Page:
Any creative who’s trying to depict reality—whether an author, sculptor or painter—must try to master the art of illusion. One of the most useful tools an artist can use to produce this magic is the manipulation of edges. The dictionary definition of “edge” is the line where an object or area begins or ends: a border. In the framework of a painting, the factors that determine how an edge should be handled are: the character of the object or area; the degree of value and color contrast that make up its surroundings; and its overall importance and placement within the composition.
The Four Types of Edges
In painting there are basically four types of edges: hard, firm, soft and lost.
- Hard edges appear razor sharp. They tend to turn up in areas of great contrast, solidify the appearance of an object, and demand attention.
- Firm edges are one step removed. They appear somewhat softer, while still retaining relative strength. They’re useful for painting areas that require a slightly lesser degree of importance than the center of interest.
- Soft edges are considerably fuzzier in appearance. The soft edge is useful for conveying textures, such as leaves and hair, as well as for indicating a sense of depth.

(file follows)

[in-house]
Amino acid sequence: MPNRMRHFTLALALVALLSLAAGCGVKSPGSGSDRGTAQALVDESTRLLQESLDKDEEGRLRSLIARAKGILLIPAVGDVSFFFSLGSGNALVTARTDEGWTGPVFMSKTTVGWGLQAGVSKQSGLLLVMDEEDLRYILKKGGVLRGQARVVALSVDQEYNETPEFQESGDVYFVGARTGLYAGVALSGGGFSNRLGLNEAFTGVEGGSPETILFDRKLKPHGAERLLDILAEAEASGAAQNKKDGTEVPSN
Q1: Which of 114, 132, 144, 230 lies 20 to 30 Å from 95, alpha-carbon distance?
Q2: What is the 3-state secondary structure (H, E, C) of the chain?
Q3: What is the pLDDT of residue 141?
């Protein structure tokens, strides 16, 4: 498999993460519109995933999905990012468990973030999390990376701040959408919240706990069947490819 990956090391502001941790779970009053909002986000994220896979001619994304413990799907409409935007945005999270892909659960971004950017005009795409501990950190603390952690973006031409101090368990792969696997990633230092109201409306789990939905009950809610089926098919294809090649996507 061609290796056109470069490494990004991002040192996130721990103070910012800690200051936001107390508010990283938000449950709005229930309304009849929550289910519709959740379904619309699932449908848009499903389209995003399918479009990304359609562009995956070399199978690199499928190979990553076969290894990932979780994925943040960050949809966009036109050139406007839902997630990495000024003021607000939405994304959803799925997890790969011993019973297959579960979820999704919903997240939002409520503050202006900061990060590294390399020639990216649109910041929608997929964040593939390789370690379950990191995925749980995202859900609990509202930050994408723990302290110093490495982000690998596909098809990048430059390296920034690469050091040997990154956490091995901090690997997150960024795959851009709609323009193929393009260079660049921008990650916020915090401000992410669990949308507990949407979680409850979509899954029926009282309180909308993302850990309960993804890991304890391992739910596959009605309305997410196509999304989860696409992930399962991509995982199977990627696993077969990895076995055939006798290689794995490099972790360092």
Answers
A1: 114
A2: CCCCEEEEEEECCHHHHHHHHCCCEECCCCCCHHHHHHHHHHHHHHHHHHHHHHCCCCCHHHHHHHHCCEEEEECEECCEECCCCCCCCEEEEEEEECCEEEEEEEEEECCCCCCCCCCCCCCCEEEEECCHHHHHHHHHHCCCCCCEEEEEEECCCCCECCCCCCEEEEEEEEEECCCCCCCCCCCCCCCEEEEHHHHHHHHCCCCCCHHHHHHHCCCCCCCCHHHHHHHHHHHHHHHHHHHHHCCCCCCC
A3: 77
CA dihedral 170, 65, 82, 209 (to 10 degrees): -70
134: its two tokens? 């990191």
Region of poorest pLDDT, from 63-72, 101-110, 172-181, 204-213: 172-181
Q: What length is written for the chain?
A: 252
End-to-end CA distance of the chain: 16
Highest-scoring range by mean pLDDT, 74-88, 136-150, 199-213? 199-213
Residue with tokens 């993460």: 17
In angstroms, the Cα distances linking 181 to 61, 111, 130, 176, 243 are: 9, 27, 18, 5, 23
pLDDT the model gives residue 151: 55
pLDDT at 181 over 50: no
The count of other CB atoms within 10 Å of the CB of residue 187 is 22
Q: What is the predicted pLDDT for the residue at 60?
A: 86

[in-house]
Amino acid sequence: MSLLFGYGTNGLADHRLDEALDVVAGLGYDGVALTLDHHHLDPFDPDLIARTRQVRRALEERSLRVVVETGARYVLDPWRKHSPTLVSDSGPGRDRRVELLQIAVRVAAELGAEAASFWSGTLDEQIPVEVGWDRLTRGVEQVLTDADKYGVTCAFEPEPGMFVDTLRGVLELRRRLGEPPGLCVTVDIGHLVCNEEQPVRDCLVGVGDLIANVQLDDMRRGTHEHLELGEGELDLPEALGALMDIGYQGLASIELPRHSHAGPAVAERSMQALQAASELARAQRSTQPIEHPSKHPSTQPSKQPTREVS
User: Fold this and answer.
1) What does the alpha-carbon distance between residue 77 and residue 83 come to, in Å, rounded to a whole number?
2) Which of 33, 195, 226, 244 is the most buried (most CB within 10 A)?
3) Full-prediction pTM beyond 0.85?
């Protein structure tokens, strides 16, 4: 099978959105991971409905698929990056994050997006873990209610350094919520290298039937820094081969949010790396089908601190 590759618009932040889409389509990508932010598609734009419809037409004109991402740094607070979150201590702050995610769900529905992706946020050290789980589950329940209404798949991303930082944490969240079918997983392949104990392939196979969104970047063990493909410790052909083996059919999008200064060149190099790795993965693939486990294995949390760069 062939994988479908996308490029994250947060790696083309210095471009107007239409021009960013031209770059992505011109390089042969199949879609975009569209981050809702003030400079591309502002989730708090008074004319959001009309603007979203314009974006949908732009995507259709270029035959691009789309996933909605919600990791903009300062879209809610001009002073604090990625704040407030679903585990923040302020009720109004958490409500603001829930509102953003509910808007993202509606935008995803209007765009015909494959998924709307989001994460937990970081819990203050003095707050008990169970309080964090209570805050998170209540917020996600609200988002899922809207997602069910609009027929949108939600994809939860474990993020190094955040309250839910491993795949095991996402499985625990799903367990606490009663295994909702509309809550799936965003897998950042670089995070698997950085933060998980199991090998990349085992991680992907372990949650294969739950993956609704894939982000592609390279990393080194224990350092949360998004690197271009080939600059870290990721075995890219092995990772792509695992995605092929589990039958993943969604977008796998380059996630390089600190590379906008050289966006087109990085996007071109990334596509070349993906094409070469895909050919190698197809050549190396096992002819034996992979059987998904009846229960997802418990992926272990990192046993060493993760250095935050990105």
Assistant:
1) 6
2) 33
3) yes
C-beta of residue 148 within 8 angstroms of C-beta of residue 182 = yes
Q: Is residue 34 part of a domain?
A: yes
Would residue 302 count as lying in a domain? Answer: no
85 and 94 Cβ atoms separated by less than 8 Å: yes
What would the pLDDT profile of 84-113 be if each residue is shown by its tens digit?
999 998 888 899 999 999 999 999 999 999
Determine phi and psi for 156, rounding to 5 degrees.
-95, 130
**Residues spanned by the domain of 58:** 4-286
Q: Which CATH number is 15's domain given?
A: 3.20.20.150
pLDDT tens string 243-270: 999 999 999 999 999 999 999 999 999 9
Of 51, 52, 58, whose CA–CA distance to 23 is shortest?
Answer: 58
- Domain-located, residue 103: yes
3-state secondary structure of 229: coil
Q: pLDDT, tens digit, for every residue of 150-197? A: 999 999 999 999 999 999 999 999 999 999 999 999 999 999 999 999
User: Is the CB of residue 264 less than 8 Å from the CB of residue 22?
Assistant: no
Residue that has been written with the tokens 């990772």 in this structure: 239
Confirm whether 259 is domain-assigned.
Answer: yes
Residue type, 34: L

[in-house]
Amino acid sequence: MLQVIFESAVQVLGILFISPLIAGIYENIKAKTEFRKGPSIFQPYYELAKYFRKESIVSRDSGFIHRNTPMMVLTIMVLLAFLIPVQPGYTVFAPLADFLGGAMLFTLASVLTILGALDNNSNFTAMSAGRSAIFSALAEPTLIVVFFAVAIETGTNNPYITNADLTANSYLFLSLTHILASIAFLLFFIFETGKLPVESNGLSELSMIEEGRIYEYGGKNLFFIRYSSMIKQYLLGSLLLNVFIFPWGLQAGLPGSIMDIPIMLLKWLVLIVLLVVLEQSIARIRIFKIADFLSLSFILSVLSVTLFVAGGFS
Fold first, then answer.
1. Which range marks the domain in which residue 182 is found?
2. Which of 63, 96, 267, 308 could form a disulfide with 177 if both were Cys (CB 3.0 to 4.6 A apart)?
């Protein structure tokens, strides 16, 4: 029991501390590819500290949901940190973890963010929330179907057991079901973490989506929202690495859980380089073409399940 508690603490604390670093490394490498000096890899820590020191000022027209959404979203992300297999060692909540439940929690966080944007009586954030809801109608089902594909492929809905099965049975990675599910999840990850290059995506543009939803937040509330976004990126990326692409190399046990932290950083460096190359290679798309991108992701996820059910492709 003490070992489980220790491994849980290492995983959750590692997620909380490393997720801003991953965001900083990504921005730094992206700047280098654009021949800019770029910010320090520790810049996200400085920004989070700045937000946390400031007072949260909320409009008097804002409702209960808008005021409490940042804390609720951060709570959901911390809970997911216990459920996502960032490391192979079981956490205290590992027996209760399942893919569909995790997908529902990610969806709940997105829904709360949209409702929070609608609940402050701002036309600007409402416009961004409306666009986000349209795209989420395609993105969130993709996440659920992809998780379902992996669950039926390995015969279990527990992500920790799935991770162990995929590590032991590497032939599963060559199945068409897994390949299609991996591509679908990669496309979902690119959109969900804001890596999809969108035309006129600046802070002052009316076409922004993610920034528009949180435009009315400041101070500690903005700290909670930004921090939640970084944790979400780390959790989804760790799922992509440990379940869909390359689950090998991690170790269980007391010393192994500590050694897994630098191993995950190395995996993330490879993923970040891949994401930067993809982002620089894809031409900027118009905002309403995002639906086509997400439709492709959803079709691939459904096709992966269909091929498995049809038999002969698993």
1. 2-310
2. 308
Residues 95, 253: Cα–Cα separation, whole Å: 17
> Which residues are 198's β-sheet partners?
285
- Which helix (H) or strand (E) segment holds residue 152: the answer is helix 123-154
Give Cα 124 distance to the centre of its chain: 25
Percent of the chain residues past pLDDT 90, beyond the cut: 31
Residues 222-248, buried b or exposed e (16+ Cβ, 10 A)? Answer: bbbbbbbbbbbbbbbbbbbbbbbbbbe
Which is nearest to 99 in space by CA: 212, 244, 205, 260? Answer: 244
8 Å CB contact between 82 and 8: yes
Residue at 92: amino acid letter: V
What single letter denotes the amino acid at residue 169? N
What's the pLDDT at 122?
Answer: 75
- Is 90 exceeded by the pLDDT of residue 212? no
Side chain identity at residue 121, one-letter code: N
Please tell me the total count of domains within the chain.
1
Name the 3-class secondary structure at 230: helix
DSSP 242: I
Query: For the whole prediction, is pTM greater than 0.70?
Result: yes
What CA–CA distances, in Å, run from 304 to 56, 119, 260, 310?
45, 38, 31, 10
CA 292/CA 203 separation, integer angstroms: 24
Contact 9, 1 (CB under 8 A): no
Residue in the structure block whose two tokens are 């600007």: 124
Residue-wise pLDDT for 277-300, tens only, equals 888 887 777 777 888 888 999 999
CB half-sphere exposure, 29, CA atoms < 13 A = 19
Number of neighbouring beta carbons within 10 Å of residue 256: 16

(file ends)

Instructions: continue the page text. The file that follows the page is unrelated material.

- Lost edges are a soft gradation between adjacent areas. They indicate movement and atmosphere, and allow an observer’s eye to slip from one area to another.
When you look at a scene, your perception of mass and depth is governed by your position to the objects within the scene, by their relationship to each other spatially, by the inherent size of the objects, by the position and reflective properties of the light source, and by the color tendencies. Since we’re not producing two offset images when painting, we have to rely on the perceived softness of an edge to translate the impression of bulk and depth upon a flat surface. The sharper the edge, the flatter the object will appear. As an instructor explained many years ago
“If it can cut you, sharpen its edge. If you can hug it, soften its edge.”
In my plein air painting, Ozark Afternoon (above; 9×12), I purposely painted in a higher key to represent the quality of the brightly lit autumn afternoon. The indication of edge in the shoreline, tree trunks, foliage and distant tree line were all manipulated, at times dramatically, to communicate a heightened sense of depth and bulk.
MORE RESOURCES FOR LANDSCAPE ARTISTS
Artist Aaron Schuerr believes that composition is just another means to express your creative response to a scene. Learn more in this short preview of a new video with the landscape artist.